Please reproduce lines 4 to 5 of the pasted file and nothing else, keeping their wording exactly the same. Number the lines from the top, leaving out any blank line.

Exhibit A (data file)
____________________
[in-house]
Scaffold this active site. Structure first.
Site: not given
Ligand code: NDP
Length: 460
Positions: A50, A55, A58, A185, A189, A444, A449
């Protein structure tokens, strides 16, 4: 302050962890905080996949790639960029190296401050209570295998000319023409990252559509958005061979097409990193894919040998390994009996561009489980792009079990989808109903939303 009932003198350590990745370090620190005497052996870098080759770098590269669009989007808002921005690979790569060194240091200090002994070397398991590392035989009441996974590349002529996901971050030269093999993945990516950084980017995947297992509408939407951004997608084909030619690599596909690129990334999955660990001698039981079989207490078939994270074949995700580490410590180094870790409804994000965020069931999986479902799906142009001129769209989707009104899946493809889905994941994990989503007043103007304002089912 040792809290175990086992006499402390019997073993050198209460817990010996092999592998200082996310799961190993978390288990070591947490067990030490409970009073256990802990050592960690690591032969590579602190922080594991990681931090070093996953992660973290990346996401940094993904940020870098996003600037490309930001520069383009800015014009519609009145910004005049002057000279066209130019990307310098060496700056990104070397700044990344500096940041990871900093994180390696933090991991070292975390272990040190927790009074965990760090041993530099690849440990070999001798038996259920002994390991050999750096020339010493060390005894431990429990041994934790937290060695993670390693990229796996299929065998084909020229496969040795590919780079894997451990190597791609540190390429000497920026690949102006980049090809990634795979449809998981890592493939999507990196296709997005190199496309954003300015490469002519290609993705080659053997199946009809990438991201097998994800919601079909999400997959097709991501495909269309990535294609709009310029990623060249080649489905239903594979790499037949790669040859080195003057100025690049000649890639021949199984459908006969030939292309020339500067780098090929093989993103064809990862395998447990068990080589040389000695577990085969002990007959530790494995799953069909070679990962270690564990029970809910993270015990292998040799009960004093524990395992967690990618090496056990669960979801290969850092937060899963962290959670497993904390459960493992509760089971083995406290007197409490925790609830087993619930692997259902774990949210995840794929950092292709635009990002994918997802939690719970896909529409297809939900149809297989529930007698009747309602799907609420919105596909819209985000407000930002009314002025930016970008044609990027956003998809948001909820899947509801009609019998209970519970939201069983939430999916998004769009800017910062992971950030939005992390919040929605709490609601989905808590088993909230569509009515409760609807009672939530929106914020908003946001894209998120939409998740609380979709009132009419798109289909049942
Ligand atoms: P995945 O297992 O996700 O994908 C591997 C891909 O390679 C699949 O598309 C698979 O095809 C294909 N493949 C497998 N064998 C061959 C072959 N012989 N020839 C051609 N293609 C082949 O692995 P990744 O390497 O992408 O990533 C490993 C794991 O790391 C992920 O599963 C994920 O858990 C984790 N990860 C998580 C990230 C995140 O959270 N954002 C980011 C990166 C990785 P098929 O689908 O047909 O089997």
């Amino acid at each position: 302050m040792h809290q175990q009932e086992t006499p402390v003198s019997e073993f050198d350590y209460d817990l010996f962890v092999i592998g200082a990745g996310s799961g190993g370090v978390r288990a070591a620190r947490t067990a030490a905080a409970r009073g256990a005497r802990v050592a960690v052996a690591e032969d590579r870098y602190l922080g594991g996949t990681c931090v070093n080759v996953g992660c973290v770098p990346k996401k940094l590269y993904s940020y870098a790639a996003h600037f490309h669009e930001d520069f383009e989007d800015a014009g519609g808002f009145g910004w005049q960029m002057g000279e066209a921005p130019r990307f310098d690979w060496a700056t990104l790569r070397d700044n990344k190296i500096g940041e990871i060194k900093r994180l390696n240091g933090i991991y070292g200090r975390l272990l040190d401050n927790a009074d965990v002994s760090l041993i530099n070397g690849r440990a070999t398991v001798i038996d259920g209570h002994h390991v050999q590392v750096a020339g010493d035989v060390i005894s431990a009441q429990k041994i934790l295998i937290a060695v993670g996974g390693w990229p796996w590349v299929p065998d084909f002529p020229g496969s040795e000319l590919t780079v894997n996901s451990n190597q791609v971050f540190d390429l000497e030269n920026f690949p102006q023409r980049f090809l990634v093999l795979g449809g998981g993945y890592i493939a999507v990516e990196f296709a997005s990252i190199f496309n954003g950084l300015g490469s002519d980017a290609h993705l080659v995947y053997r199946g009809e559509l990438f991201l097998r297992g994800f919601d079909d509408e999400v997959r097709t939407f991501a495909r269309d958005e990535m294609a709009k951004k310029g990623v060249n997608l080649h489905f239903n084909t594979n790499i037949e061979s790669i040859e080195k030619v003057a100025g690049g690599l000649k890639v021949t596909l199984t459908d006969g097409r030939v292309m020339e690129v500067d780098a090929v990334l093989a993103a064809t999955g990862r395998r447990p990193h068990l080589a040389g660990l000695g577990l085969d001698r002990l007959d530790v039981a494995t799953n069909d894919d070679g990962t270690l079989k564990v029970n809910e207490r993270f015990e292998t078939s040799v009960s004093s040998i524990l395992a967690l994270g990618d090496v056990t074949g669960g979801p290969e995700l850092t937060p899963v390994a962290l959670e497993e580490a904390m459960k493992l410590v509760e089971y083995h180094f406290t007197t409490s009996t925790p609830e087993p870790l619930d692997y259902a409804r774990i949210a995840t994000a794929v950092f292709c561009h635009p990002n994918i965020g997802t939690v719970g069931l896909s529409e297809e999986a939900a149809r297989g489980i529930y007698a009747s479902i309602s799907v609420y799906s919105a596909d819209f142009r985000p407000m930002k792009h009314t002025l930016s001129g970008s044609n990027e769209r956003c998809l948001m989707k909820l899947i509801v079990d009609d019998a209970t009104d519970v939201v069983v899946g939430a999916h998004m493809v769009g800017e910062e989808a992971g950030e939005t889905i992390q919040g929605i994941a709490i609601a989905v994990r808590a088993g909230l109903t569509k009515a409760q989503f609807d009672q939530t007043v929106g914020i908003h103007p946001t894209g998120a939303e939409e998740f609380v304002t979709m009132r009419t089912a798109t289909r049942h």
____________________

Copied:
Ligand code: NDP
Length: 460